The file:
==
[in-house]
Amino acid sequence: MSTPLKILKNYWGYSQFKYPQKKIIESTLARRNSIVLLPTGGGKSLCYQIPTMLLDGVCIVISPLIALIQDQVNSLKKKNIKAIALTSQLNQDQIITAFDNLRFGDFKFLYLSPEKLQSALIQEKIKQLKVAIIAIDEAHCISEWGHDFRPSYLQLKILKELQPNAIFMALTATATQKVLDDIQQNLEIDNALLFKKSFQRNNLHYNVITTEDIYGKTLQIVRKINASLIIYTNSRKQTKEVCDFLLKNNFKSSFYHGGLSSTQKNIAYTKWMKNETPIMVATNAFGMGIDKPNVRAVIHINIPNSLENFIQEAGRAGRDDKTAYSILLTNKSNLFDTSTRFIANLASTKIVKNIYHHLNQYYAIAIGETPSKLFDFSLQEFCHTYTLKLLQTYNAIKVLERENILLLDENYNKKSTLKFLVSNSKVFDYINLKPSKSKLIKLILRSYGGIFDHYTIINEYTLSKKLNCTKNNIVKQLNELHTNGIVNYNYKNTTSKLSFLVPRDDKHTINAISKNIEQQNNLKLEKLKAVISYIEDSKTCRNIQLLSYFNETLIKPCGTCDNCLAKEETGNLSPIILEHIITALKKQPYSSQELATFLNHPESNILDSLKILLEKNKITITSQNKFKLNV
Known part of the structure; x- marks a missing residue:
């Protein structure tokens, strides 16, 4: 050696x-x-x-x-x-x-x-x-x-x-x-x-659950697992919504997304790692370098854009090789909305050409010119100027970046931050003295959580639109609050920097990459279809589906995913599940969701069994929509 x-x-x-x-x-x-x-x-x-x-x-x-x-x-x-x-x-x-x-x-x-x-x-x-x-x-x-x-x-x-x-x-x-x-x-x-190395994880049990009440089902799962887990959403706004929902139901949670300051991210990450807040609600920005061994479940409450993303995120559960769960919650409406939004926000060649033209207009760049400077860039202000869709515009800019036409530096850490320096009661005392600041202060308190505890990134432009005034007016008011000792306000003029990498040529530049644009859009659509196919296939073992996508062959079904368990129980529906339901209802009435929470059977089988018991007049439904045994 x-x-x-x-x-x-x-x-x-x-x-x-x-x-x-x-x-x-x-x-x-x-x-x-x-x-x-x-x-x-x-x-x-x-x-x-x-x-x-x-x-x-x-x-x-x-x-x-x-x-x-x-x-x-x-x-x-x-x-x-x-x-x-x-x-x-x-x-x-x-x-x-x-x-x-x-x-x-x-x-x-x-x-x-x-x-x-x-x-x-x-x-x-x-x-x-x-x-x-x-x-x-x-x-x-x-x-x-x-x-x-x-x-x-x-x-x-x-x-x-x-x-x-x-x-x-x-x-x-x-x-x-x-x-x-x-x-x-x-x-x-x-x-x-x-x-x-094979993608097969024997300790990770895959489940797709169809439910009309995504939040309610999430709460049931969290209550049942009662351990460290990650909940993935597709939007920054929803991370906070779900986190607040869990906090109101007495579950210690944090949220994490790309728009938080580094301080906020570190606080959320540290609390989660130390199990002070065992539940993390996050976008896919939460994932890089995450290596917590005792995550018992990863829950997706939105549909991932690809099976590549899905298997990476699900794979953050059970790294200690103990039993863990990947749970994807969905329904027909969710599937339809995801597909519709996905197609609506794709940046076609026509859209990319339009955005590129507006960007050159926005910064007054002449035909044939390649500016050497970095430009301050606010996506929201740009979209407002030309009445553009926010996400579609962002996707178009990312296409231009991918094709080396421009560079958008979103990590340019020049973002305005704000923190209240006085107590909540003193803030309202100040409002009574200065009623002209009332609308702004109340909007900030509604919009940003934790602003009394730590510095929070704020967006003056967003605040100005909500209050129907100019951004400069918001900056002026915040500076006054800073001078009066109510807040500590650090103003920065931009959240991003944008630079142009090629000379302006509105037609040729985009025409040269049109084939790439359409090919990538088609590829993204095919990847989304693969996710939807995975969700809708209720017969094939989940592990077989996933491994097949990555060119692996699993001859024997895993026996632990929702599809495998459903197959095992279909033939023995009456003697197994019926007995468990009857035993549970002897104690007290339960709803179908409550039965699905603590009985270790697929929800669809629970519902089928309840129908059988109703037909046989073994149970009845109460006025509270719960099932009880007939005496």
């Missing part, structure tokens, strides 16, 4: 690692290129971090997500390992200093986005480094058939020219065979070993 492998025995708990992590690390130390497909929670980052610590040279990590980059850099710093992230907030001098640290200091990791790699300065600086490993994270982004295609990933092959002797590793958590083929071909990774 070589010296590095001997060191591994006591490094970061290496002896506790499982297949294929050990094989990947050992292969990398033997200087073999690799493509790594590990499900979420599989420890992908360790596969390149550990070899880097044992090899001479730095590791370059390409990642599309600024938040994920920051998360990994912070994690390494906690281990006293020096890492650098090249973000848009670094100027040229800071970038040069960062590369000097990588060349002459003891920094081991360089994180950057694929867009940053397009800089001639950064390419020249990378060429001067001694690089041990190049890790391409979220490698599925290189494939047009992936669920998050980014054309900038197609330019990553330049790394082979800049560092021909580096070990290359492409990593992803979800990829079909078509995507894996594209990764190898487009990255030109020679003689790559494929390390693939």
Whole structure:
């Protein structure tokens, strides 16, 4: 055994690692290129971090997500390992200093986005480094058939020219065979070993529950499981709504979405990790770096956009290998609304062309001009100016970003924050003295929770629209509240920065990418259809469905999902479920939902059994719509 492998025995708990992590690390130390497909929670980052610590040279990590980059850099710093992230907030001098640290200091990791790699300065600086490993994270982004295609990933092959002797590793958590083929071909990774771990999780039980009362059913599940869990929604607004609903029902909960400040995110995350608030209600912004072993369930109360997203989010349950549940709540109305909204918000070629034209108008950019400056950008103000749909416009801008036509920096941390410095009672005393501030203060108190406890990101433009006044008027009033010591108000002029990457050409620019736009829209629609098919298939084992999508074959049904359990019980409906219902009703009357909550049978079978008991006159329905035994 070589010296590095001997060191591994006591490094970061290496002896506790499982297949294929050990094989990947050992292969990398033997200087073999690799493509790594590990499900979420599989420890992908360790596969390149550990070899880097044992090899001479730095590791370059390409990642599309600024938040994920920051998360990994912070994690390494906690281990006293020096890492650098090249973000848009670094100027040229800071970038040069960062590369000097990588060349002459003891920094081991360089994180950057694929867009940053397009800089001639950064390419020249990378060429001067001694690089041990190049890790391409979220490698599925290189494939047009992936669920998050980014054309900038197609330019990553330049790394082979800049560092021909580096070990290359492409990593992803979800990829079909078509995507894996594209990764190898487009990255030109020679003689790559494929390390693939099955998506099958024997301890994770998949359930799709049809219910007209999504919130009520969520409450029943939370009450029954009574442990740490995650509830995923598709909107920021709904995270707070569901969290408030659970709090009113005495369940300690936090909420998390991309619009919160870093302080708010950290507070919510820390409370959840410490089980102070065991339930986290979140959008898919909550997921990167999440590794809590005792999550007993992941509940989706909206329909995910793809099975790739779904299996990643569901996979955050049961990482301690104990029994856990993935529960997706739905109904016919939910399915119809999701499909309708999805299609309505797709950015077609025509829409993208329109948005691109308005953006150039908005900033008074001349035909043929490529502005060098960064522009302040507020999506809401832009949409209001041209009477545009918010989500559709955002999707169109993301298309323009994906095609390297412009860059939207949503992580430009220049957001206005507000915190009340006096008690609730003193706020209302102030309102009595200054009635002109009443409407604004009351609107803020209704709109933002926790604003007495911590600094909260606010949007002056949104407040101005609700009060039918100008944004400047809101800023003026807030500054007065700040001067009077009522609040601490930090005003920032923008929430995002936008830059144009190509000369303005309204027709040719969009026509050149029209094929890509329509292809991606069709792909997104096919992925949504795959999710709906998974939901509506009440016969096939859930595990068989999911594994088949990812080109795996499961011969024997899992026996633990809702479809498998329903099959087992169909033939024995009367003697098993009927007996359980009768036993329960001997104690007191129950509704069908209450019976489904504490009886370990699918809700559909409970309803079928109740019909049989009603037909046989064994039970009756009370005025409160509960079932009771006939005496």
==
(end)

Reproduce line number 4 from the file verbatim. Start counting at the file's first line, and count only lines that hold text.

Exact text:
């Protein structure tokens, strides 16, 4: 050696x-x-x-x-x-x-x-x-x-x-x-x-659950697992919504997304790692370098854009090789909305050409010119100027970046931050003295959580639109609050920097990459279809589906995913599940969701069994929509 x-x-x-x-x-x-x-x-x-x-x-x-x-x-x-x-x-x-x-x-x-x-x-x-x-x-x-x-x-x-x-x-x-x-x-x-190395994880049990009440089902799962887990959403706004929902139901949670300051991210990450807040609600920005061994479940409450993303995120559960769960919650409406939004926000060649033209207009760049400077860039202000869709515009800019036409530096850490320096009661005392600041202060308190505890990134432009005034007016008011000792306000003029990498040529530049644009859009659509196919296939073992996508062959079904368990129980529906339901209802009435929470059977089988018991007049439904045994 x-x-x-x-x-x-x-x-x-x-x-x-x-x-x-x-x-x-x-x-x-x-x-x-x-x-x-x-x-x-x-x-x-x-x-x-x-x-x-x-x-x-x-x-x-x-x-x-x-x-x-x-x-x-x-x-x-x-x-x-x-x-x-x-x-x-x-x-x-x-x-x-x-x-x-x-x-x-x-x-x-x-x-x-x-x-x-x-x-x-x-x-x-x-x-x-x-x-x-x-x-x-x-x-x-x-x-x-x-x-x-x-x-x-x-x-x-x-x-x-x-x-x-x-x-x-x-x-x-x-x-x-x-x-x-x-x-x-x-x-x-x-x-x-x-x-x-094979993608097969024997300790990770895959489940797709169809439910009309995504939040309610999430709460049931969290209550049942009662351990460290990650909940993935597709939007920054929803991370906070779900986190607040869990906090109101007495579950210690944090949220994490790309728009938080580094301080906020570190606080959320540290609390989660130390199990002070065992539940993390996050976008896919939460994932890089995450290596917590005792995550018992990863829950997706939105549909991932690809099976590549899905298997990476699900794979953050059970790294200690103990039993863990990947749970994807969905329904027909969710599937339809995801597909519709996905197609609506794709940046076609026509859209990319339009955005590129507006960007050159926005910064007054002449035909044939390649500016050497970095430009301050606010996506929201740009979209407002030309009445553009926010996400579609962002996707178009990312296409231009991918094709080396421009560079958008979103990590340019020049973002305005704000923190209240006085107590909540003193803030309202100040409002009574200065009623002209009332609308702004109340909007900030509604919009940003934790602003009394730590510095929070704020967006003056967003605040100005909500209050129907100019951004400069918001900056002026915040500076006054800073001078009066109510807040500590650090103003920065931009959240991003944008630079142009090629000379302006509105037609040729985009025409040269049109084939790439359409090919990538088609590829993204095919990847989304693969996710939807995975969700809708209720017969094939989940592990077989996933491994097949990555060119692996699993001859024997895993026996632990929702599809495998459903197959095992279909033939023995009456003697197994019926007995468990009857035993549970002897104690007290339960709803179908409550039965699905603590009985270790697929929800669809629970519902089928309840129908059988109703037909046989073994149970009845109460006025509270719960099932009880007939005496």